How to select a B2B commerce vendor

6 essential criteria to consider when selecting a B2B commerce vendor

Julia Rabkin
Julia Rabkin
Senior B2B Product Expert, commercetools
Published 17 August 2023
Estimated reading time minutes

As digital commerce continues to grow in the B2B sector, how can manufacturers, distributors and wholesalers select a commerce vendor that best fits their needs? And why should composable commerce be at the top of the list? Here, discover the top six criteria you should take into account when selecting a B2B commerce provider. 

How to select a B2B commerce vendor

As a staggering 60% of B2B executives plan to find new eCommerce platforms in the next 24 months, it’s clear that the B2B digital commerce market will continue to change and evolve: B2B firms face ever-evolving customer expectations in the digital space, including omnichannel, personalization and deeper discoverability. So, how can B2B players achieve the digital maturity needed to move faster in creating frictionless experiences that capture market share? 

The unlimited flexibility and agility of composable commerce enable B2B players to respond to changing buyer expectations AND achieve digital maturity faster. It’s clear that tackling constant change is at the top of the agenda of B2B business and technology leaders, and composable commerce is the way to do it. 

If composable is already on your radar, it’s important to sift through the noise when evaluating vendors. Here, we compiled the vital factors to consider and questions to ask about strategy, functionality, costs, timing and implementation, so you’re ready to select the right vendor to bring your composable future to life. 

1. Vision and strategy

A vendor’s long-term vision and near-term product roadmap are crucial elements to consider, as well as how much focus the vendor dedicates to a B2B-specific offering, from strategy and existing features to staff and expertise. Dig deeper to find out the current situation and the strategy behind the vendor’s partner ecosystem, and whether implementation partners are qualified to deliver composable implementations.

Questions you should ask:

  • What’s the vendor’s vision for a B2B digital commerce solution?
  • How clear and valuable is the vendor’s product roadmap? Does it serve the specific needs of B2B?
  • How B2B-focused is the vendor?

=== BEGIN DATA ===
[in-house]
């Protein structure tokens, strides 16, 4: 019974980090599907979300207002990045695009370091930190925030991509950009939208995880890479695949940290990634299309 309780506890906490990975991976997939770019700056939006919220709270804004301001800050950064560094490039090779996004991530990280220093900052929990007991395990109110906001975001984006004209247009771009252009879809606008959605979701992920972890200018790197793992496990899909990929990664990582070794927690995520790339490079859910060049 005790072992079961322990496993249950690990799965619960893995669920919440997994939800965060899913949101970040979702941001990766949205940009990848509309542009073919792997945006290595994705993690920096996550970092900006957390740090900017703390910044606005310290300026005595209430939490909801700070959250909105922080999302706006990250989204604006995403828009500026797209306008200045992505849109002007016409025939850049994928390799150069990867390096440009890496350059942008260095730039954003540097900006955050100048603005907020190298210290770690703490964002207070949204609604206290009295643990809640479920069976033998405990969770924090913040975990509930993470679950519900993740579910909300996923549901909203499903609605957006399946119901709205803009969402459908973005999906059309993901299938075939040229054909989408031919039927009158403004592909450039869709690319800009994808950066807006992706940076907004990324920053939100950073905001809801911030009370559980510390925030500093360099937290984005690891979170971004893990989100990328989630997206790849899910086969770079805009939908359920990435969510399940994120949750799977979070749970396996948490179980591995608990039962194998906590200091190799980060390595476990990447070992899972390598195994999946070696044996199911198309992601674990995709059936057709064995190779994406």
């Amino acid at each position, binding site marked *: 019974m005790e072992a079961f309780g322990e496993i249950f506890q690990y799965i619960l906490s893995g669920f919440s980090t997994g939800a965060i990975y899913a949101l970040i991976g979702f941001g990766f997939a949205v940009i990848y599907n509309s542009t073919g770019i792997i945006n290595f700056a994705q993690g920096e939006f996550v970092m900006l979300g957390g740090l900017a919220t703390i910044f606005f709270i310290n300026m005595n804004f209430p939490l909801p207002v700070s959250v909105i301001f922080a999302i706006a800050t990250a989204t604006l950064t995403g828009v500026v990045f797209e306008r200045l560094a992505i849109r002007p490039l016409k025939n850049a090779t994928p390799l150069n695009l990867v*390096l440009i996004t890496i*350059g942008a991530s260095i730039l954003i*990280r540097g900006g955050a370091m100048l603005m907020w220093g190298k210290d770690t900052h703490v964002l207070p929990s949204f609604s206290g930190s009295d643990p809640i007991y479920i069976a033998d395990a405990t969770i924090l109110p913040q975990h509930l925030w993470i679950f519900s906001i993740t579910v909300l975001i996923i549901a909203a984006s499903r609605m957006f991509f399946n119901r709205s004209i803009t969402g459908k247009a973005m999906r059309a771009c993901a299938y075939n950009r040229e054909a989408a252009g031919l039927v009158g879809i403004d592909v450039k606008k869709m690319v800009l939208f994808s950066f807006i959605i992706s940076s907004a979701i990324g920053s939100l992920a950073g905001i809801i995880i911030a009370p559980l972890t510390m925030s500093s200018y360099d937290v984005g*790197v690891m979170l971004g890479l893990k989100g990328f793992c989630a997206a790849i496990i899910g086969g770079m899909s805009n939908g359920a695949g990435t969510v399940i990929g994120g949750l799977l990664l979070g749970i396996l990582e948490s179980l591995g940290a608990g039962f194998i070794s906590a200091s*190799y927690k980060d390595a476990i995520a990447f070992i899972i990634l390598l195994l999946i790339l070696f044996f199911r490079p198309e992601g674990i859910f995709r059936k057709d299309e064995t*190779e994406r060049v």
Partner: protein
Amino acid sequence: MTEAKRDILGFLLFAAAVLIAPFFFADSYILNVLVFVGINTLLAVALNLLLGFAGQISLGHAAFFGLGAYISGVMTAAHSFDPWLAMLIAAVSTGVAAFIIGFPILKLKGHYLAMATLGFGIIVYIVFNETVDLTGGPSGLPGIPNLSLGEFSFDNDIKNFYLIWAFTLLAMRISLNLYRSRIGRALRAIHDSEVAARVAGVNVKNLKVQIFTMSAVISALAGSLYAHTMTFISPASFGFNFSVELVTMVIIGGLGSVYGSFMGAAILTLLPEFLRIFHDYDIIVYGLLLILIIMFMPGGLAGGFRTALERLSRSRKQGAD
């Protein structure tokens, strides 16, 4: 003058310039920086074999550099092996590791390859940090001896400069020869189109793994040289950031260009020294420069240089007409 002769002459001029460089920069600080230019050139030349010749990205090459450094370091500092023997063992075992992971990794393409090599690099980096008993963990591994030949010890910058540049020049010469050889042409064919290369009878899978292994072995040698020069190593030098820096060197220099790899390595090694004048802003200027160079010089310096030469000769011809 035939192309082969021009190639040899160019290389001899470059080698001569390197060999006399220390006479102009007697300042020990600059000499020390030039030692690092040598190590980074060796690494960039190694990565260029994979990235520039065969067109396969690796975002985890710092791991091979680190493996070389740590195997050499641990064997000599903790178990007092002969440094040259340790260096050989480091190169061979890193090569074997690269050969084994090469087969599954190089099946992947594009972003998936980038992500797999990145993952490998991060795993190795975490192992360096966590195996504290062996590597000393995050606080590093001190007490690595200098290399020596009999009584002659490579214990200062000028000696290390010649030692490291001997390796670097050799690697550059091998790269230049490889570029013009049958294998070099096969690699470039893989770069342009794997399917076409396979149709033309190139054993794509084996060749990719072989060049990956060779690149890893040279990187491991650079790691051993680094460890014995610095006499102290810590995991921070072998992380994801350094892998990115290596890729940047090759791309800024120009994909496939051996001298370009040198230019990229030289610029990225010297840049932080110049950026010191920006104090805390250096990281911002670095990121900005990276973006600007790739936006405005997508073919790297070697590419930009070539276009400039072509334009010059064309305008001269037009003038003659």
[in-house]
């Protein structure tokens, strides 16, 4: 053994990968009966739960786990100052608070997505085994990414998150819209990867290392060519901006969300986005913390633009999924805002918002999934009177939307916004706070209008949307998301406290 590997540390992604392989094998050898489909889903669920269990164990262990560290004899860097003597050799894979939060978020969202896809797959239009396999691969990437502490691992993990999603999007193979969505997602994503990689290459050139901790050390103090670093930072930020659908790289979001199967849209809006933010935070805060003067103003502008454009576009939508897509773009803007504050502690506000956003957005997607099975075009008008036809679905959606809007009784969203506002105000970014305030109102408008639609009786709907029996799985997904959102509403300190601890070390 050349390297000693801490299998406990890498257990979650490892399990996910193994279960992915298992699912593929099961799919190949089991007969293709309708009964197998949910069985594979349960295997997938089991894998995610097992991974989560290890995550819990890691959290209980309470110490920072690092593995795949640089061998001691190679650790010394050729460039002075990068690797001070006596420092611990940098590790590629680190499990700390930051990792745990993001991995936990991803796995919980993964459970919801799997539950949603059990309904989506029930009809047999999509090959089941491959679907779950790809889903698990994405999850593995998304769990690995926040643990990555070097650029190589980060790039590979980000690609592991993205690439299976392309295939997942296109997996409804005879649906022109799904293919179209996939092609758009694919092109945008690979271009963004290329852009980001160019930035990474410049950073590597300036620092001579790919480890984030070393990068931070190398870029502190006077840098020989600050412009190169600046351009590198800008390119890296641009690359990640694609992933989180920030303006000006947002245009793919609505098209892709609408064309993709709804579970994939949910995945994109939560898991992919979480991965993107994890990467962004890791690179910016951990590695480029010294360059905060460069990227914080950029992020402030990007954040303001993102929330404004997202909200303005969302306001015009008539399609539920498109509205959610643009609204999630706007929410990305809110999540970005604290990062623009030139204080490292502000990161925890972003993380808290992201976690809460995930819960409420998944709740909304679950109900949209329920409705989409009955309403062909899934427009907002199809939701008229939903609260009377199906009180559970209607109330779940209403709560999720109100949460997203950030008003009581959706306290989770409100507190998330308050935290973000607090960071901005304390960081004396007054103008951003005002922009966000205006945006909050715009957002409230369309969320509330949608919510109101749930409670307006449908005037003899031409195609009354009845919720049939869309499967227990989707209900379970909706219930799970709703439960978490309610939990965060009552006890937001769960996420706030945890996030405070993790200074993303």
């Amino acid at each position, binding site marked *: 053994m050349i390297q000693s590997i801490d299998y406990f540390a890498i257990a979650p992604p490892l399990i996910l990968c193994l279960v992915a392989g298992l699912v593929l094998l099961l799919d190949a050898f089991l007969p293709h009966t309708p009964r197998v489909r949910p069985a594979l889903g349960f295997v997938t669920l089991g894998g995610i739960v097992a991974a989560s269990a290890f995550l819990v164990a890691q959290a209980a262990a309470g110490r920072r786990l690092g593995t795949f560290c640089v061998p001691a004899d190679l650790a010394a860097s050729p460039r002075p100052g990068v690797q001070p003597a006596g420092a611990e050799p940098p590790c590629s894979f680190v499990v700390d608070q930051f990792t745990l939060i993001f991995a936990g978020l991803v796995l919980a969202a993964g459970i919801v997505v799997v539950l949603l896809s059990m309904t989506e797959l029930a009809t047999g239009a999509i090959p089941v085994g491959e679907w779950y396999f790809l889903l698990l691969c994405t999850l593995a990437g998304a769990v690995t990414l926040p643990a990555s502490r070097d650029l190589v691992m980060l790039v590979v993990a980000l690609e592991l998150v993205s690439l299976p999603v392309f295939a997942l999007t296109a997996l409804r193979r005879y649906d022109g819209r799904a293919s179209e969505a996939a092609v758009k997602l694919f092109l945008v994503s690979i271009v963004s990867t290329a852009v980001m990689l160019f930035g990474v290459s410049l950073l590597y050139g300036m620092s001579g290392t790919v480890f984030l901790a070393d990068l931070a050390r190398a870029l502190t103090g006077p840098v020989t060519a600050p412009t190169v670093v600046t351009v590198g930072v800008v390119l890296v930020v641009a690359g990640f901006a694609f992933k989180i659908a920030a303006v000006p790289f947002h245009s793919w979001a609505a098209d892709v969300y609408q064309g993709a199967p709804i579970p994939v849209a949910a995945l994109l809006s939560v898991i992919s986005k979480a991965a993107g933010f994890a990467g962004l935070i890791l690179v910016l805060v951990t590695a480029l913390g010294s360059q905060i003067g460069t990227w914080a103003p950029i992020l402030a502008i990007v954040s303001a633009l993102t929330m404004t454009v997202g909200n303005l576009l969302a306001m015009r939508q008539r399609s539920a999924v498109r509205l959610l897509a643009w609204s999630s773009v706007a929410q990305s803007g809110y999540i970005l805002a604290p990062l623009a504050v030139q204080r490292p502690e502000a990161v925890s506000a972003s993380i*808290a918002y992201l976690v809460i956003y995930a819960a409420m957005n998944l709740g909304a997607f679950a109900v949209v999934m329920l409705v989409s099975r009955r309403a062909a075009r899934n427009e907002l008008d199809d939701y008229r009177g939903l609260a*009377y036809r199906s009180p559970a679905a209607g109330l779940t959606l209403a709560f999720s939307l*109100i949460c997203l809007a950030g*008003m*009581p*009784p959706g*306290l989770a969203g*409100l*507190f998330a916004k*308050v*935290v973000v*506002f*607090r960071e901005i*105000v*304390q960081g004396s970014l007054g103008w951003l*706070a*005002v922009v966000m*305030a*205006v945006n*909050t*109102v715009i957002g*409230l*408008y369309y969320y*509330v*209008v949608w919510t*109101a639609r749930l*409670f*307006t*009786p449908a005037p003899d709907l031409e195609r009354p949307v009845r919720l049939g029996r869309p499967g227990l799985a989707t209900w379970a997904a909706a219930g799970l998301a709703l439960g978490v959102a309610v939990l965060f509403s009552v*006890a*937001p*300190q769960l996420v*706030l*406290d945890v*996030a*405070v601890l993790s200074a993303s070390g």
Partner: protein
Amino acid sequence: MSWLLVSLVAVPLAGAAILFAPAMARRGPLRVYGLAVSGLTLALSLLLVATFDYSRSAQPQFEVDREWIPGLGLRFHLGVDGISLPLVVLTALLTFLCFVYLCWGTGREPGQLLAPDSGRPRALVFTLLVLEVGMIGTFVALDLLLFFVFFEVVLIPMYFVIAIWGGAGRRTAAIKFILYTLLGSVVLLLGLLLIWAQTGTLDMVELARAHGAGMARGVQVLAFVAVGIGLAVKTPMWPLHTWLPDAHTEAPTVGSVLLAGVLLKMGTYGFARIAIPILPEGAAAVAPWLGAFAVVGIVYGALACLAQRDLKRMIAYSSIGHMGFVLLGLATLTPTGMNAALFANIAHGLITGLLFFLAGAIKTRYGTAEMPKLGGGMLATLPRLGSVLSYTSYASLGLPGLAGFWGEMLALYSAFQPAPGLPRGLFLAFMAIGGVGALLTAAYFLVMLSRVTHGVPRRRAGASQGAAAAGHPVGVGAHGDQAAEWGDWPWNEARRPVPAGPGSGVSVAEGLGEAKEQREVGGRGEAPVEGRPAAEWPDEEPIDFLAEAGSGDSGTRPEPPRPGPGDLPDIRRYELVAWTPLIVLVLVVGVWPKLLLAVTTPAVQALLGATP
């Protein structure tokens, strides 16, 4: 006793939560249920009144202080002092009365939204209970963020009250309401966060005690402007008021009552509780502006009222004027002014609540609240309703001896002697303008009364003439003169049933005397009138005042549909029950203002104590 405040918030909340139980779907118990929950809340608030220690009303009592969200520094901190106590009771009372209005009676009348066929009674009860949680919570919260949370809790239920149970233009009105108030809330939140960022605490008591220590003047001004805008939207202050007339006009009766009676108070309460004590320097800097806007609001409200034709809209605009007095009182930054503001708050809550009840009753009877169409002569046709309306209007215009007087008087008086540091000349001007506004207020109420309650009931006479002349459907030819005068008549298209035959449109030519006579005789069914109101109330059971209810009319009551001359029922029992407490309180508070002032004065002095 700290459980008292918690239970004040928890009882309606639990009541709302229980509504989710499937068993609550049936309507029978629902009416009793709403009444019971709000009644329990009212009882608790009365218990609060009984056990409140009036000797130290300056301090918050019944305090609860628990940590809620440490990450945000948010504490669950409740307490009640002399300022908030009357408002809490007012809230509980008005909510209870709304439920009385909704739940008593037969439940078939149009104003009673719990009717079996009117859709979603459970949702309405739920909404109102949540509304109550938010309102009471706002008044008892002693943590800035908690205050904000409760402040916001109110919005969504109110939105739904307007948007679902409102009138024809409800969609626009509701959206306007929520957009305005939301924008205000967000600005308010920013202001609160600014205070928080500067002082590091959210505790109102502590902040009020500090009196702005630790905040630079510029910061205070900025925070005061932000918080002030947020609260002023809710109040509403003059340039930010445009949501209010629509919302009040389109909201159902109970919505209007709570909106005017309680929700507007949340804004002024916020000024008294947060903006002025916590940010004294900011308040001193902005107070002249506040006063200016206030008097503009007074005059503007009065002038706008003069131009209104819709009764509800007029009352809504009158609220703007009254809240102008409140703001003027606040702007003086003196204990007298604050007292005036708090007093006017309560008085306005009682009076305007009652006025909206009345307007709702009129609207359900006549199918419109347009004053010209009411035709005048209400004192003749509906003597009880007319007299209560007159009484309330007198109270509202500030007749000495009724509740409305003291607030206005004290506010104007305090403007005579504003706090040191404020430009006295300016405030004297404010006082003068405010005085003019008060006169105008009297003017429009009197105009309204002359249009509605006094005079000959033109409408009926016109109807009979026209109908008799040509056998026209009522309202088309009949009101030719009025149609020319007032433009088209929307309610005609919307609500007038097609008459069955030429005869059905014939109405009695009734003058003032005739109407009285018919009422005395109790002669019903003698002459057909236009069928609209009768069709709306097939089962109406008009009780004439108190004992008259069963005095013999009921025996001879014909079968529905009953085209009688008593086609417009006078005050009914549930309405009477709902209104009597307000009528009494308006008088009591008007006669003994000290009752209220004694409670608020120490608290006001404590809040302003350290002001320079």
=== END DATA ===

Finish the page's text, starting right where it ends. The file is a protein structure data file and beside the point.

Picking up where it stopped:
• What’s the strategy with implementation partners in composable environments?

2. Costs and timing

Evaluate the elements of total costs of ownership (TCO) of the vendor, like the pricing model and the average implementation by the size of the project. Metrics such as the average contract deal size, as well as the average setup and integration costs (when implemented directly or via an implementation partner) will give you vital information to evaluate whether the potential vendor is in line with your budget and can fulfill your timeline requirements. 

Questions you should ask:

  • What’s the average setup and integration cost for composable commerce?
  • Is the pricing based on annual licenses or performance-/usage-based?
  • What are the pricing plans?
  • Can pricing be customized to your needs?
  • How long, on average, does it take to implement a standard B2B solution (directly or via an implementation partner)?

3. Underlying composable commerce infrastructure

Get to know if the infrastructure under the hood of potential vendors is really aligned with composable principles, including:

  • Component-based: Identify if the vendor’s architecture provides independent and interchangeable components (“best-of-breed”) to meet the unique needs of your business. A component-based solution means you can add or swap components at any time and without vendor lock-in. 

  • Cloud-native SaaS: By leveraging the scalability and resilience of cloud computing with providers such as Google Cloud and Amazon Web Services (AWS), B2Bs unlock elastic cloud access for automatic auto-scaling to manage online capacity and ensure performance. 

  • Technology-agnostic: A true composable architecture doesn’t require specific programming languages and certifications, and isn’t tied to proprietary infrastructure. Your engineering team has the freedom to code, monitor and manage applications according to your company’s needs. 

  • Multi-tenant and versionless architecture: Ensure you’re not going to be trapped on old versions that require forced updates and upgrades. 

  • Security: Make sure potential vendors comply with key regulations and how customer data is handled. Holistically evaluate the security ecosystem, including compliance, performance management, physical, network and platform security, and more. 

Last, but certainly not least, evaluate if the vendor follows the principles of MACH® as the technical backbone of composable commerce, which include microservices, API-first, headless and cloud-native solutions. As a further step, you may want to check providers that are certified by the MACH Alliance, an independent advocacy group spearheading these modern principles in digital commerce and beyond. 

Questions you should ask:

  • Can the vendor support a component-based/best-of-breed approach?
  • Does the vendor provide cloud-native architecture?
  • What’s the largest number of daily sales transactions the vendor can process?
  • How can the vendor scale traffic?
  • How many SKUs can the vendor handle per second?
  • What are the scale and performance limits a vendor can support?
  • How technology-agnostic is the vendor’s architecture?
  • Is the solution provided versionless or does it require mandatory updates/upgrades?
  • What’s the security framework provided by the vendor?
  • What security and regulatory compliance certifications does the vendor have?
  • How frequently are releases and updates performed by the vendor?
  • Does the vendor follow the principles of MACH in their architecture?

Functionality and data

It’s time to get down to the specifics! The first step is to dig deeper into high-level capabilities, such as the ability to support multiple business models (B2B, B2C, D2C, B2B2C) on one commerce platform, how your company can model and leverage data, and how robust, flexible and configurable the product modeling capabilities are. The purpose of doing this is to evaluate the vendor’s extensibility and customizability.